The first attack by false preachers is the Law, a question as old as the devil, “Did God say?” (Genesis 3).  The devil misuses Scripture to his own purpose when he tempted the Lord in the wilderness.  Jesus’ recourse was clear: “It is written”. He knew the Bible while we live in a time of Bible-denying ‘scholars’ and ‘scholarship’.  Once the Law is denied, so is the necessity of Christ Jesus and the call to repentance go hand in His wounded hand.  The word still stands, “… repentance and forgiveness of sins should be proclaimed in his name (Christ’s)…” to us all. Rev. Professor Johann Gerhard (+17 August 1637) wrote:

Whoever preaches forgiveness of sins without preaching repentance is not holding to Christ’s command. For He sets both together: repentance and forgiveness of sins. Wherever there is a broken and shattered heart, there Christ wants to live, Isa. 57:15, and wants to impart His blessings which He won through His death and resurrection. He, indeed, calls sinners to Himself, but (He calls them) to repent, Matt. 9:13. True repentance is the pathway by which sinners come to grace.

There is also daily living in Baptism.   Luther:  

“(Baptism) signifies that the old Adam in us should, by daily contrition and repentance, be drowned and die with all sins and evil lusts, and, again, a new man daily come forth and arise; who shall live before God in righteousness and purity forever.”

We can so die and rise because He has. We must hold fast to Christ’s command.  This is for our encouragement. The “and” in “repentance and forgiveness of sins” is important as that conjunction is not an additive but connective.  Repentance without Christ’s forgiveness is tyrannical. Forgiveness without repentance is license and fantastical.  Repentance and forgiveness of sins go together in the preaching of Christ for the balm and healing our lives through faith by grace.  Repentance and forgiveness harvests in the Lord His resurrectional life.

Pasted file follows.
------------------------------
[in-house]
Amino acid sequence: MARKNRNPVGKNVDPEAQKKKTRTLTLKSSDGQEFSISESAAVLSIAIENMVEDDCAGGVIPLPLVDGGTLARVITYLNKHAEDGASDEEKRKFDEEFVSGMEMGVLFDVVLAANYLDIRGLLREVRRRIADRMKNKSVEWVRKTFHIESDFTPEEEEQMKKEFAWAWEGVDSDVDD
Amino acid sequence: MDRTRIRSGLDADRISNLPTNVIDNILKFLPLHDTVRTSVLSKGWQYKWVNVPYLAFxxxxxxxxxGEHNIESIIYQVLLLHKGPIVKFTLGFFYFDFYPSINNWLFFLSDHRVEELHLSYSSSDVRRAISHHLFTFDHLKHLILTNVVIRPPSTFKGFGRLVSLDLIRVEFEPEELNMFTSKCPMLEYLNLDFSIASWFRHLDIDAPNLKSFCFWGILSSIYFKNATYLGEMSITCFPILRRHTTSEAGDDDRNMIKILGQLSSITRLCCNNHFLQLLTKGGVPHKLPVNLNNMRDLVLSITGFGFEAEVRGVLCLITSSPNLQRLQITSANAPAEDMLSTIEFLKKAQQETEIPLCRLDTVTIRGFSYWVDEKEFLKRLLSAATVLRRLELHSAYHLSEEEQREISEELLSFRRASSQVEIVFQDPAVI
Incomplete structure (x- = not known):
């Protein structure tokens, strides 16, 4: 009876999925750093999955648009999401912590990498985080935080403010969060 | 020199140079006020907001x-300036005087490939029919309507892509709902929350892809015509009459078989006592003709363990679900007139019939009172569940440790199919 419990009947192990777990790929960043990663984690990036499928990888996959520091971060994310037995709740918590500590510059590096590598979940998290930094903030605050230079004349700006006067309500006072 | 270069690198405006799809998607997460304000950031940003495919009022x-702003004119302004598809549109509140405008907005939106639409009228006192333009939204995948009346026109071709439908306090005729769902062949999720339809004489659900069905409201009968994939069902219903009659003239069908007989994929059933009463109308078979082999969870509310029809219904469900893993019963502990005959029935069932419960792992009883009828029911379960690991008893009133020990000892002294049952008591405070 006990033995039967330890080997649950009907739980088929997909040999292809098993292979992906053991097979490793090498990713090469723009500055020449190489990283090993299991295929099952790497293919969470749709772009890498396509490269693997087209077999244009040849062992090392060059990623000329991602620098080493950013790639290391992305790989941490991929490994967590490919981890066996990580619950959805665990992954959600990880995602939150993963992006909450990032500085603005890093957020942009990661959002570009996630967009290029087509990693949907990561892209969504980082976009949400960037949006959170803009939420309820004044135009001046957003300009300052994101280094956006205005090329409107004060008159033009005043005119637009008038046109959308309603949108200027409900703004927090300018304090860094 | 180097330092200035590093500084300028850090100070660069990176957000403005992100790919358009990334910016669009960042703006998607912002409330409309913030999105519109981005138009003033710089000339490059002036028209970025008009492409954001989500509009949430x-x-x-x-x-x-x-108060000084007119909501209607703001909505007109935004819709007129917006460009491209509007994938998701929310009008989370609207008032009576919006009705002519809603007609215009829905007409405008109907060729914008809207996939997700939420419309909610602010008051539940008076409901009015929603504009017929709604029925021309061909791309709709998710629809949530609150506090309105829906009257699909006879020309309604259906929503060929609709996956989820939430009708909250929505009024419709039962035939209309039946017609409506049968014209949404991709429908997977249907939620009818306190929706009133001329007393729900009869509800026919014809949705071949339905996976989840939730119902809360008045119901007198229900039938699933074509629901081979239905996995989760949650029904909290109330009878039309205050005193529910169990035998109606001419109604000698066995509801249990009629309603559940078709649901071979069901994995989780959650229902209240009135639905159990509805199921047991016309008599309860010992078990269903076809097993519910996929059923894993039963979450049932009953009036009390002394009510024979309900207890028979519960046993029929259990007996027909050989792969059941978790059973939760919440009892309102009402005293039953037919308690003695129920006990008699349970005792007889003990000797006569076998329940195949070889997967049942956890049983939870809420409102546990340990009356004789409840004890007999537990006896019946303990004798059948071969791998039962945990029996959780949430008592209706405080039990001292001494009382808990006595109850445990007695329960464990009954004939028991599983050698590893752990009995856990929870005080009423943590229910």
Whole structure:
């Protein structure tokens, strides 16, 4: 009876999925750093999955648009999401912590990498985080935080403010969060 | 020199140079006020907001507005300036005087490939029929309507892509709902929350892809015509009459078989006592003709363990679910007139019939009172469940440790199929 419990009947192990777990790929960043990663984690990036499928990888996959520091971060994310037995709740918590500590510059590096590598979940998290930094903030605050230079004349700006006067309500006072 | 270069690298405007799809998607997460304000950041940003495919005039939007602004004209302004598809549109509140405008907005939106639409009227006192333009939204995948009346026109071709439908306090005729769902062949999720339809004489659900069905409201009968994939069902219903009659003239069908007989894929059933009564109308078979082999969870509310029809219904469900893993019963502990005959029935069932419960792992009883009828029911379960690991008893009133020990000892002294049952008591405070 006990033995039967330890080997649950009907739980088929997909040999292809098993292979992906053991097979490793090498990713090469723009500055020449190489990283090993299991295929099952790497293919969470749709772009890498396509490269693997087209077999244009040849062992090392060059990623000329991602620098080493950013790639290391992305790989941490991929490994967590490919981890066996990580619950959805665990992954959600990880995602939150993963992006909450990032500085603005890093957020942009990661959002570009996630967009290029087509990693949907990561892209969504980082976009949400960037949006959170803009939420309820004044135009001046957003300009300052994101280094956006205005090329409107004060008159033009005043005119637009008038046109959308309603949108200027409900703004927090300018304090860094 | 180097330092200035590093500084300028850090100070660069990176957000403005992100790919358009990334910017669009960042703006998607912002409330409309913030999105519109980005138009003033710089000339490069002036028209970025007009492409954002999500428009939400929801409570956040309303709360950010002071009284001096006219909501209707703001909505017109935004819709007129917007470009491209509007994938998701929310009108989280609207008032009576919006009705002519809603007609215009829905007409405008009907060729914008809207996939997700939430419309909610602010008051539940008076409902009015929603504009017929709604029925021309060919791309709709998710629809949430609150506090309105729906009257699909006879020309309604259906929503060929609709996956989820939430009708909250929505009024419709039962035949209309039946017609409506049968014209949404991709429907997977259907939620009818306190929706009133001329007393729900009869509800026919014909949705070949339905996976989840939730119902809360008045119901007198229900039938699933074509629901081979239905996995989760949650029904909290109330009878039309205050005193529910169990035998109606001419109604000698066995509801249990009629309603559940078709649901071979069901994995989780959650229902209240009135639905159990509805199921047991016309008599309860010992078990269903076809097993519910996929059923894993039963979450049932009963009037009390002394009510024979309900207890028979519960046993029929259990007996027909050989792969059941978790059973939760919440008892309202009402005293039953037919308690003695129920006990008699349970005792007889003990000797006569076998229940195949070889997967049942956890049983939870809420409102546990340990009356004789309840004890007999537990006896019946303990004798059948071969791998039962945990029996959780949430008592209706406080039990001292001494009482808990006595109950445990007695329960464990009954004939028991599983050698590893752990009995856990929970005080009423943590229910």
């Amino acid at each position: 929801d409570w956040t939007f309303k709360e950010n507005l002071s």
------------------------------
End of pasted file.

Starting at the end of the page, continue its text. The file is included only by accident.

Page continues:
Introduction: The Eastern Orthodox Churches have a great custom by calling the first week of the Paschal (Easter) Season “Bright Week”.  A great way to begin the 50 Days of Pascha leading to Pentecost, as we look at what our risen Lord taught His Church for her life and mission into the world and still does.   Easter, like Christmas, is not only a day each, but  a season each.

Further, as Lent is time of preparation for seekers to be Baptized, then the Paschal Season is a time for the newly baptized, and the ‘oldly’ baptized as well, to be instructed in the Way of the Lord more fully.  St. Basil the Great wrote it well regarding Baptism in Christ Jesus’ death and resurrection:

“This is what it means to be born again of water and Spirit: the water accomplishes our death, while the Spirit raises us to life. This great sign of baptism is fulfilled in three immersions, with three invocations, so that the image of death might be completely formed, and the newly baptized might have their souls enlightened with divine knowledge. If there is any grace in the water, it does not come from the nature of the water, but from the Spirit’s Presence, since baptism is not a removal of dirt from the body, but an appeal to God for a clear conscience (1 Peter 3: 21)  The Lord describes in the Gospel the pattern of life we must be trained to follow after the (baptismal) resurrection: gentleness, endurance, freedom for the defiling love of pleasure, and from covetousness. We must be determined to, acquire in this life all the qualities of the life to come. To define the Gospel as a description of what resurrectional life should be like seems to be correct and appropriate, as far as I am concerned.”  (On the Holy Spirit by St. Basil the Great; emphasis my own)

St. Basil’s definition of the Gospel, “…as description of what resurrectional life should be”, is a good one as is his encouragement to acquire those qualities of the Lord’s life in our lives.  The encouragement from the Scripture, and based upon the Word, from the fathers, is to eat and drink His Word and inwardly digest it, so our hearts are warmed and enlivened to do and obey His Word, so He sanctifies us day by day.  The encouragement of the resurrectional life will be a theme of these Paschal postings.